Evil spirits and tainted creatures such as Asuang are repelled by salt and ash thrown against them, and if you sprinkle salt and ash on the lower torso of a Manananggal or the neck-stump of a Pugot it will perish outright. The challenge is to hit the Asuang with the thrown salt and ash, or to find the body stump and use the salt and ash despite the monster’s interference.

Betel Chew
Betel chew — a wad of betel leaf with areca nuts and lime, often flavored with tobacco or spices — is also attractive to some of the most man-like supernatural beings.  Thus many Vijadesans will make betel chew offerings to local spirits and such when crossing their domains. (Note: betel chewing has been linked to oral cancer, so we do not recommend trying this!)

Alum Crystal (Tawas)
Alum is a mineral salt that is sensitive to spiritual influences and presence, and so is used in a variety of divination and curing rites. A non-shaman character who touches a lump of alum to their eyelids can see the normally invisible spirits and other enchanted creatures.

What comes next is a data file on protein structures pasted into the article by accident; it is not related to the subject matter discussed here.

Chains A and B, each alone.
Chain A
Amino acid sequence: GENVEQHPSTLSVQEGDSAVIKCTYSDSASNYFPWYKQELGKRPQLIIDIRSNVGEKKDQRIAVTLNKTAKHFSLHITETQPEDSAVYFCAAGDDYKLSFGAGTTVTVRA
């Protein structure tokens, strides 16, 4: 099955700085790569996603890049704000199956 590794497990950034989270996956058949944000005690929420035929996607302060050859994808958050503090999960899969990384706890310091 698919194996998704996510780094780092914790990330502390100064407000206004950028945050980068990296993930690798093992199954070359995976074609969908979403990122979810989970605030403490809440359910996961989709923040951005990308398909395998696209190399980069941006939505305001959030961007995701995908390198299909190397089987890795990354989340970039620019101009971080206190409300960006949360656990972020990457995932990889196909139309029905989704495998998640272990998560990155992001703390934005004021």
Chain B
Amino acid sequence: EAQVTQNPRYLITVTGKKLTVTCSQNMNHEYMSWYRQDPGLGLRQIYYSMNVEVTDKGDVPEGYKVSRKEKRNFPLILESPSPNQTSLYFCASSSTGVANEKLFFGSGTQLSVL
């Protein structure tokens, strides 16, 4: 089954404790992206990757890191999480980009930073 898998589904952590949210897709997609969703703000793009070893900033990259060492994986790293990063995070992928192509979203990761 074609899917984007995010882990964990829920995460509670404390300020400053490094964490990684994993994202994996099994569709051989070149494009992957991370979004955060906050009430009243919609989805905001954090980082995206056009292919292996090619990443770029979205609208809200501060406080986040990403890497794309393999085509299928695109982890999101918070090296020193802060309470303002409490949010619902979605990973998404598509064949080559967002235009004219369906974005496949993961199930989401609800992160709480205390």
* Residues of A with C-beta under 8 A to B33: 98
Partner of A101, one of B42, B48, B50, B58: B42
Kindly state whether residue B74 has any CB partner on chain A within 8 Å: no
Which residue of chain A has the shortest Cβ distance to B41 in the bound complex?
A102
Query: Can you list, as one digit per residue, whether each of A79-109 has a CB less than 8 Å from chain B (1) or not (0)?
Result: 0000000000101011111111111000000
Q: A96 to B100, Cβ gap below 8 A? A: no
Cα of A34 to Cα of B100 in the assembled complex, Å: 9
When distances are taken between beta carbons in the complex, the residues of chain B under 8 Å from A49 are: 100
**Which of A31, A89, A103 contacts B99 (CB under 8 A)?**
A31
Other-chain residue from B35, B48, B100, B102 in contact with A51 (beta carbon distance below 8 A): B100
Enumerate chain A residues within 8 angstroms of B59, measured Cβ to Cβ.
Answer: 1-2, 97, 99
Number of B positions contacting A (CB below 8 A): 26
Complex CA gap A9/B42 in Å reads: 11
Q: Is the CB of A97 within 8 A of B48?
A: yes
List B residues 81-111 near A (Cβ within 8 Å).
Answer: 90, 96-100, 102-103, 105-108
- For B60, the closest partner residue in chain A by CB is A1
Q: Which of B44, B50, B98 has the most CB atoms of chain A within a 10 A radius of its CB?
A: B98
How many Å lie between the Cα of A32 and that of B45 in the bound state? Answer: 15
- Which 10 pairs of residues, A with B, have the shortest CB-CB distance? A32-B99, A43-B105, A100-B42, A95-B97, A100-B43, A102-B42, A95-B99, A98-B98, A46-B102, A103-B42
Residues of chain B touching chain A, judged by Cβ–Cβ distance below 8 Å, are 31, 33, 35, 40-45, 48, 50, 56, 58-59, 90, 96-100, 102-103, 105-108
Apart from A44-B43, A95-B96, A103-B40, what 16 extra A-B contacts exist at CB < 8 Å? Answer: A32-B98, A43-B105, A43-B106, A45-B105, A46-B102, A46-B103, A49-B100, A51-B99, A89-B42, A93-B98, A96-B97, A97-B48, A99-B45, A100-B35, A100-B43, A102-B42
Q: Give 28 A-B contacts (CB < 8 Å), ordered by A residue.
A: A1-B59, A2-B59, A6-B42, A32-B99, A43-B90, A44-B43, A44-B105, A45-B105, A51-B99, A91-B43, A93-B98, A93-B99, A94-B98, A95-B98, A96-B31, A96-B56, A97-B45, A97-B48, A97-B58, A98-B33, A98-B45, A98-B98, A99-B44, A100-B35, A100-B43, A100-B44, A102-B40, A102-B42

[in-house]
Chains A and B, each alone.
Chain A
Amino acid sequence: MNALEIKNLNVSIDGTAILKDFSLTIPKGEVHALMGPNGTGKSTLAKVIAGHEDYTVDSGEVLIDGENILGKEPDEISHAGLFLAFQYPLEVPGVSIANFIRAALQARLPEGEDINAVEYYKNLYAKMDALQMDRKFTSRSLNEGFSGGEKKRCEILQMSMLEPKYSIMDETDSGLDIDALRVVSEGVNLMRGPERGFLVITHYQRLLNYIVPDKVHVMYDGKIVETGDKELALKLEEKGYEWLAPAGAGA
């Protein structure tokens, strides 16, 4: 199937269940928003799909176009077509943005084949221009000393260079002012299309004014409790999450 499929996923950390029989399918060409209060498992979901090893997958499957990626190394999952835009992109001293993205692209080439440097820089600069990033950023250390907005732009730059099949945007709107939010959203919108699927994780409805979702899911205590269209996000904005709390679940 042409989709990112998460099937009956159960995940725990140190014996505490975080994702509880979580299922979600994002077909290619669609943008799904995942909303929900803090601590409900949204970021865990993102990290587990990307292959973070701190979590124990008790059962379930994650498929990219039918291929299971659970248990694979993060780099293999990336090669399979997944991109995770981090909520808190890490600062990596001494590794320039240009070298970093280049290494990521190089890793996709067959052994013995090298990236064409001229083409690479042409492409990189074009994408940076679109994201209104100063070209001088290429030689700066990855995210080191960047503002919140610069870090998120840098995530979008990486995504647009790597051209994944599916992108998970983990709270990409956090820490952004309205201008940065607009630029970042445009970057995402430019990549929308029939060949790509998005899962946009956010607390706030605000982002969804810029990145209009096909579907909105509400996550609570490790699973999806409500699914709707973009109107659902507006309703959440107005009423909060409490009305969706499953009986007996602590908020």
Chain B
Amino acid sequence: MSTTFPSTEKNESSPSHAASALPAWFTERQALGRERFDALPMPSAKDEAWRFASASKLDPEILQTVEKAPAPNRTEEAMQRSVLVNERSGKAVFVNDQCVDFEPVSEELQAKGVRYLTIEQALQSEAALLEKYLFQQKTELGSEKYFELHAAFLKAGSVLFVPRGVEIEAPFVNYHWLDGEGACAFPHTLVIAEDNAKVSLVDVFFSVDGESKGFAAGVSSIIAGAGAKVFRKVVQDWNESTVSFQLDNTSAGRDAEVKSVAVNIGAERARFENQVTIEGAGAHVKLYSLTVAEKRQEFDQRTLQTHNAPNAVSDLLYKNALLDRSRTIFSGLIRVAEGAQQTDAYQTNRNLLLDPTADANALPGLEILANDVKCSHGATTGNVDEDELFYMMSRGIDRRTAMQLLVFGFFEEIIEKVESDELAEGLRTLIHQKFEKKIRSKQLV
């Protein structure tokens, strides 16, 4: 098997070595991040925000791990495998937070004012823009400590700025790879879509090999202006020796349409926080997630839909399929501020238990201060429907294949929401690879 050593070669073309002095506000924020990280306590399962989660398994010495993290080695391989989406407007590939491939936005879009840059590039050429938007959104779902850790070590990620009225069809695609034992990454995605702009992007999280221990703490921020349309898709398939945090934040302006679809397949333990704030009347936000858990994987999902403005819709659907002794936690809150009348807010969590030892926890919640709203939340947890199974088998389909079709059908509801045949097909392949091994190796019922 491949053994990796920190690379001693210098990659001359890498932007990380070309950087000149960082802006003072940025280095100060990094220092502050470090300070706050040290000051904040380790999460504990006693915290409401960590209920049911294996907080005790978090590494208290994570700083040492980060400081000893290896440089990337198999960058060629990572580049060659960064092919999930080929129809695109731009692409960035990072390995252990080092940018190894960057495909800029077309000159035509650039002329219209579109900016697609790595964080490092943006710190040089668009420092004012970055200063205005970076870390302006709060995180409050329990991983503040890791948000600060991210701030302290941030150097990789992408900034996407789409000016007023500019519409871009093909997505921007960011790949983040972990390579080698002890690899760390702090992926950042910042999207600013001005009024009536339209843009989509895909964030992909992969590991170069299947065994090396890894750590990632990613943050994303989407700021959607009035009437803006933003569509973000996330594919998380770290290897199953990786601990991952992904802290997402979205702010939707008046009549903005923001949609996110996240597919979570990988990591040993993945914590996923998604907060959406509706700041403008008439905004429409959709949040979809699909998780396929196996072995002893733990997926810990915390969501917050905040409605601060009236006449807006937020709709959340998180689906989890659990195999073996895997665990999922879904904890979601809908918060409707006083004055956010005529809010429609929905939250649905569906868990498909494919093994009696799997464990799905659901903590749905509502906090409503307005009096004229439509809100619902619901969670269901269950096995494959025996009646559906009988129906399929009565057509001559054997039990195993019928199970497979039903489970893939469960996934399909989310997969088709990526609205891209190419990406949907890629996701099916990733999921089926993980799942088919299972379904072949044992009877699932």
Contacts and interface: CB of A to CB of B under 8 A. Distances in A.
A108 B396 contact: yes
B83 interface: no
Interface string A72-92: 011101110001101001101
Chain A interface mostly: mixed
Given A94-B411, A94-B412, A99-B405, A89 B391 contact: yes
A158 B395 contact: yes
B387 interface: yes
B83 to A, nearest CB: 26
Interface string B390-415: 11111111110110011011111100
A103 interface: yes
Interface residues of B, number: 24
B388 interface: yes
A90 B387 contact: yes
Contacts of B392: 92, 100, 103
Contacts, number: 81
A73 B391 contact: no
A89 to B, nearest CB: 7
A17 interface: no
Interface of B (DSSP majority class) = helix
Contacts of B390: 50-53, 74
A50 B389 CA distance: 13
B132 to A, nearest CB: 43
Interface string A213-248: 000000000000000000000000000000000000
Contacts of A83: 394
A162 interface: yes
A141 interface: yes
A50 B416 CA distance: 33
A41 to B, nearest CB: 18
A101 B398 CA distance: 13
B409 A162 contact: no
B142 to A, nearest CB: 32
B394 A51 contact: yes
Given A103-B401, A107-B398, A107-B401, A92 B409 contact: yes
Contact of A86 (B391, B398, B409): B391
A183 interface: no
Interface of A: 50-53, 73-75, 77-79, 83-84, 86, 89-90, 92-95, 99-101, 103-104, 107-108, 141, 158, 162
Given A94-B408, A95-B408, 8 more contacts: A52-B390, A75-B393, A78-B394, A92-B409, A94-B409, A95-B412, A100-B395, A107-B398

This ability however lasts only a very brief time, just enough for 2-4 actions (1d3 + 1 rounds),  as this salt irritates the eyes and will cause them to water until you can’t see at all. When you wipe away the tears caused by this, you also lose the ability to see spirits. (Note: we don’t know what alum will actually do to your eyes, but it is useful as a deodorant; GMs could use it cast Purify Player!)

Livers
The liver is the organ in which spiritual power is most highly concentrated. The livers of spiritually powerful creatures, including human beings, thus have great magical significance. Consuming them can restore lost Bala, and the livers of the most powerful creatures can outright increase your Bala if you survive the experience.